Summer is here and your fitness routine is about to get a lot more adventurous. Access to good weather means you can officially move your focus from the gym to the water.
We’ve covered paddleboard yoga, but it’s time to take it a step farther. Surf yoga. Don’t worry, I don’t mean yoga on surfboards. That would be dangerous. I’m talking about a yoga practice that helps improve your surfing skills, of course!
Why should surfers do yoga? Surfing requires a great deal of core strength and balance to be successful. Yoga just happens to build core strength and balance when used regularly. So, it stands to reason that yoga and surfing are a match made in heaven.
Here are 6 poses you can add to your practice to improve your surfing skills.
Improve Your Balance
Tree Pose: Tree pose is a standing pose executed on a single leg. Stretching your arms overhead in this pose helps to elongate your spine and forces you to concentrate on various aspects of your own body in order to maintain your balance.
Crow Pose: Considered tough for beginner yogis, crow pose actually requires balancing on your arms instead of your legs. This is extremely useful when attempting to pull off an epic surf stunt, or to avoid being thrown when caught by surprise!
Warrior 3: Warrior 3 is another one-legged standing pose. It is similar to tree pose in that it focuses on balance and elongation simultaneously, but it is a bit more challenging. The straight-backed, forward lean in the pose adds a bit of core weight to your balancing act.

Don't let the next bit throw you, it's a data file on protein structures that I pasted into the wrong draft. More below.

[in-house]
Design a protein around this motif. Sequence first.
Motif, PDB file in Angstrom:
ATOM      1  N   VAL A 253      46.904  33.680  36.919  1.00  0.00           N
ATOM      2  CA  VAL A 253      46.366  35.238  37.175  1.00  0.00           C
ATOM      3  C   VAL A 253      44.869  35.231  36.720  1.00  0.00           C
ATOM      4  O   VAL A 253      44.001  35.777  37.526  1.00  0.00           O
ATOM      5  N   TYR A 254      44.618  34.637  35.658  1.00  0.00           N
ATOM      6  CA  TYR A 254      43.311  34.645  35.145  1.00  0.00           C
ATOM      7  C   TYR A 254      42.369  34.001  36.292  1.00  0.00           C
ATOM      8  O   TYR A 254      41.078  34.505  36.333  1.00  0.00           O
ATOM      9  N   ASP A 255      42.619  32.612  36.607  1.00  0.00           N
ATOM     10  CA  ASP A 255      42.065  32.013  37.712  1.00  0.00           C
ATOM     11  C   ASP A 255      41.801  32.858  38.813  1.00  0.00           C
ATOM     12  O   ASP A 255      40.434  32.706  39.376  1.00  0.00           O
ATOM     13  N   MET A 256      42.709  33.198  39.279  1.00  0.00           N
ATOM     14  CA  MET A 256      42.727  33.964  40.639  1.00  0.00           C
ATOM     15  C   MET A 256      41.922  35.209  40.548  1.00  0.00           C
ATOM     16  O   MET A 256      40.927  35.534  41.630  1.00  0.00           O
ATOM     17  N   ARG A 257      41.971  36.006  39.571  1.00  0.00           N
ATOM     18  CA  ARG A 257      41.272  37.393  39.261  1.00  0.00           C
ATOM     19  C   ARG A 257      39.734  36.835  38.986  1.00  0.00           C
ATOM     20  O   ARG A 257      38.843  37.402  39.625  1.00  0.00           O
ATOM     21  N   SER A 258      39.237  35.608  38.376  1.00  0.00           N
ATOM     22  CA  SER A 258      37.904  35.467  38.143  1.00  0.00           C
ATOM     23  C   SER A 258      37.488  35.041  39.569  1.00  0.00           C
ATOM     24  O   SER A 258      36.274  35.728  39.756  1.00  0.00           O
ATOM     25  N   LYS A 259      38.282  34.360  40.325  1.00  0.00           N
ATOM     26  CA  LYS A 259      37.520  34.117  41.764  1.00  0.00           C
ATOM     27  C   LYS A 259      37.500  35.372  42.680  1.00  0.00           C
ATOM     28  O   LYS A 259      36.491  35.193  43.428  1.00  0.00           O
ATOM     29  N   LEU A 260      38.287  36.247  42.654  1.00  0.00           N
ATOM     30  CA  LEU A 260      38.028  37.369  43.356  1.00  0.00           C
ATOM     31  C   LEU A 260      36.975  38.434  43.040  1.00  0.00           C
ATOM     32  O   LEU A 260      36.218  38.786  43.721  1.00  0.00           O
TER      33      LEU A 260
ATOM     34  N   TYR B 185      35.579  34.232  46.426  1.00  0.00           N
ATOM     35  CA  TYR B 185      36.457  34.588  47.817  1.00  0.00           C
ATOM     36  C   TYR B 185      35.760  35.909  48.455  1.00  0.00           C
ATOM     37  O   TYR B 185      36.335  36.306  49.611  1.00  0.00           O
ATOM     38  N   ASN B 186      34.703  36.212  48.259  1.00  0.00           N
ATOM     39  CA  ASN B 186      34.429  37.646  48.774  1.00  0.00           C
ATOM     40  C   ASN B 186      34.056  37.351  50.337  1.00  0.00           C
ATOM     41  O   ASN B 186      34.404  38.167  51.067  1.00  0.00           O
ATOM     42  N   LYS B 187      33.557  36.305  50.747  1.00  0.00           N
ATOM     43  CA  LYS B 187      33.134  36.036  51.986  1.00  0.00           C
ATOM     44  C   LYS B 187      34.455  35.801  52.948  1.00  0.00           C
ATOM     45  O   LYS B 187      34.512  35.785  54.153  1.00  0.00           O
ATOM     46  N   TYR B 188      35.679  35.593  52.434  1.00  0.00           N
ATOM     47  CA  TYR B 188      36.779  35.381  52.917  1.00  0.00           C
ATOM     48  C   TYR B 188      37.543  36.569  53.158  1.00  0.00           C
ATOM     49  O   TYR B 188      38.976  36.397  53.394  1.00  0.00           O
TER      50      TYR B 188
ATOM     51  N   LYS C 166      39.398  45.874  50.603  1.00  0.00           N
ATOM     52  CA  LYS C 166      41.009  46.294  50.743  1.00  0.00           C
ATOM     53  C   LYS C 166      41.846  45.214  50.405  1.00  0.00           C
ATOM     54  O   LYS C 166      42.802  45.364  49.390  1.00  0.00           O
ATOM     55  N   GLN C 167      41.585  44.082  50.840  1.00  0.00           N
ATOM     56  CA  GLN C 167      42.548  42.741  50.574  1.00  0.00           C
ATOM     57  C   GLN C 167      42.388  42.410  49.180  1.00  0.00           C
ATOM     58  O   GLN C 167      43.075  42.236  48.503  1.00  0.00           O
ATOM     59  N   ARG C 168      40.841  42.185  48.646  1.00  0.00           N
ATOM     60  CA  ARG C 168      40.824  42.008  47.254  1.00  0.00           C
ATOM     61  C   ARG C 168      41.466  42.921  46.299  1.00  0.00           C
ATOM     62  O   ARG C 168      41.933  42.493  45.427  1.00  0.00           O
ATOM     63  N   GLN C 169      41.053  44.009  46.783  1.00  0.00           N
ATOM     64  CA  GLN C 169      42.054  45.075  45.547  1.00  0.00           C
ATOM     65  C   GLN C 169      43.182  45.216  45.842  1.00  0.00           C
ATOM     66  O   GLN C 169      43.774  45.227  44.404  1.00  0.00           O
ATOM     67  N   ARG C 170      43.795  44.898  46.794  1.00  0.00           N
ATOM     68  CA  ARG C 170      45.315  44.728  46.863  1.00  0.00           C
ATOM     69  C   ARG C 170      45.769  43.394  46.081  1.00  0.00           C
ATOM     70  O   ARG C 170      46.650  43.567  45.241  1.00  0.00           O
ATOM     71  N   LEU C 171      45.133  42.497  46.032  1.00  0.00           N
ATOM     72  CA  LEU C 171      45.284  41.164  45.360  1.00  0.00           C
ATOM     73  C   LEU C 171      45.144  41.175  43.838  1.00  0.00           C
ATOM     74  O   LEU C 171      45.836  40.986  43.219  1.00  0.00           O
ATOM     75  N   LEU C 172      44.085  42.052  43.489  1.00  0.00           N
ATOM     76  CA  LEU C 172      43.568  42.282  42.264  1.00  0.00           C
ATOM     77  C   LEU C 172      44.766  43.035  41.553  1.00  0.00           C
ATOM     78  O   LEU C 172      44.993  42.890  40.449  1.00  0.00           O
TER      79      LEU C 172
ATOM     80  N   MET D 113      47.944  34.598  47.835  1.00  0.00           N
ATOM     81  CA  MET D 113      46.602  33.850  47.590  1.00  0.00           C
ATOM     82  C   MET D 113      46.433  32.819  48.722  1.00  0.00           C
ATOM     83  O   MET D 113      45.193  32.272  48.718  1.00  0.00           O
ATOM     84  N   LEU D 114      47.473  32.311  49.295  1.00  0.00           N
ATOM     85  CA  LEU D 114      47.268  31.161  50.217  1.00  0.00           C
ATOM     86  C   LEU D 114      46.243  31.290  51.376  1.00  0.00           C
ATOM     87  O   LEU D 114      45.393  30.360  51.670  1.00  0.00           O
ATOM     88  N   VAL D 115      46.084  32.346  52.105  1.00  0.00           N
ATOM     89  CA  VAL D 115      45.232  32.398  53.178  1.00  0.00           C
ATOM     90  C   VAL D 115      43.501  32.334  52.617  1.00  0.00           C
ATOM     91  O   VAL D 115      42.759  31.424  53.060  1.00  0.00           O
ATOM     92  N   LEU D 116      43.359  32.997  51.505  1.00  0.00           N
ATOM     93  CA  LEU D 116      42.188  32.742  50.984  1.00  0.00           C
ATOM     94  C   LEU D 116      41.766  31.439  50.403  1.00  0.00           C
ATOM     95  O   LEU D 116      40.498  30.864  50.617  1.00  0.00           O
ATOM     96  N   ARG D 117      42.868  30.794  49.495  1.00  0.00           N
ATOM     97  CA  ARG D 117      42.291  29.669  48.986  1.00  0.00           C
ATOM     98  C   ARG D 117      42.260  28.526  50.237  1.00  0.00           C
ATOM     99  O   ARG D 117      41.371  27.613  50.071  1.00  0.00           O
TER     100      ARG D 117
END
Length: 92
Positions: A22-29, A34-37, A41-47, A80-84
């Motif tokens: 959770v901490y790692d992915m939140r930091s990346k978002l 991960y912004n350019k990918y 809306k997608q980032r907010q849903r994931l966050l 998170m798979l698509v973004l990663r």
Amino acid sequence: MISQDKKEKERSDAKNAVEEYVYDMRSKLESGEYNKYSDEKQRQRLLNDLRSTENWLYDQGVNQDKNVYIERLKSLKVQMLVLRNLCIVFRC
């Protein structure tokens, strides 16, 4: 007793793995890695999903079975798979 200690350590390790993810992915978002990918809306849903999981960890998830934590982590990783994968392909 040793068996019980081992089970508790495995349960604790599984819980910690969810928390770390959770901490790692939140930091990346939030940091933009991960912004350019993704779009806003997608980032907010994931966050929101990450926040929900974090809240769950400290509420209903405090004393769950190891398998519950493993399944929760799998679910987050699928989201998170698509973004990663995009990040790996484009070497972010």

Improve Your Core Strength
Locust Pose: This particular pose is a back strengthener, making it extremely helpful for all levels of surfers. Locust mimics the position of your body while paddling. You can choose to practice locust as a single, stationary pose or you can raise and lower opposite arms and legs to feel a bit of a stretch while you strengthen.
Boat Pose: Boat pose is, for our intents and purposes, the opposite of locust. It focuses on strengthening the front side of your core: the abdomen. A strong abdominal section is crucial to surfers, as it serves as an anchor for balance. Bonus! Boat pose is excellent for increasing focus.
Four-Limbed Staff Pose: Although it may look relatively easy, four-limbed staff pose is no joke. This single pose helps to strengthen your back, your front, and your triceps all at once. It strongly resembles the critical position most surfers take on prior to their pop-up. Try entering this pose as part of a coordinated flow, then work your up to holding it in a static form over time.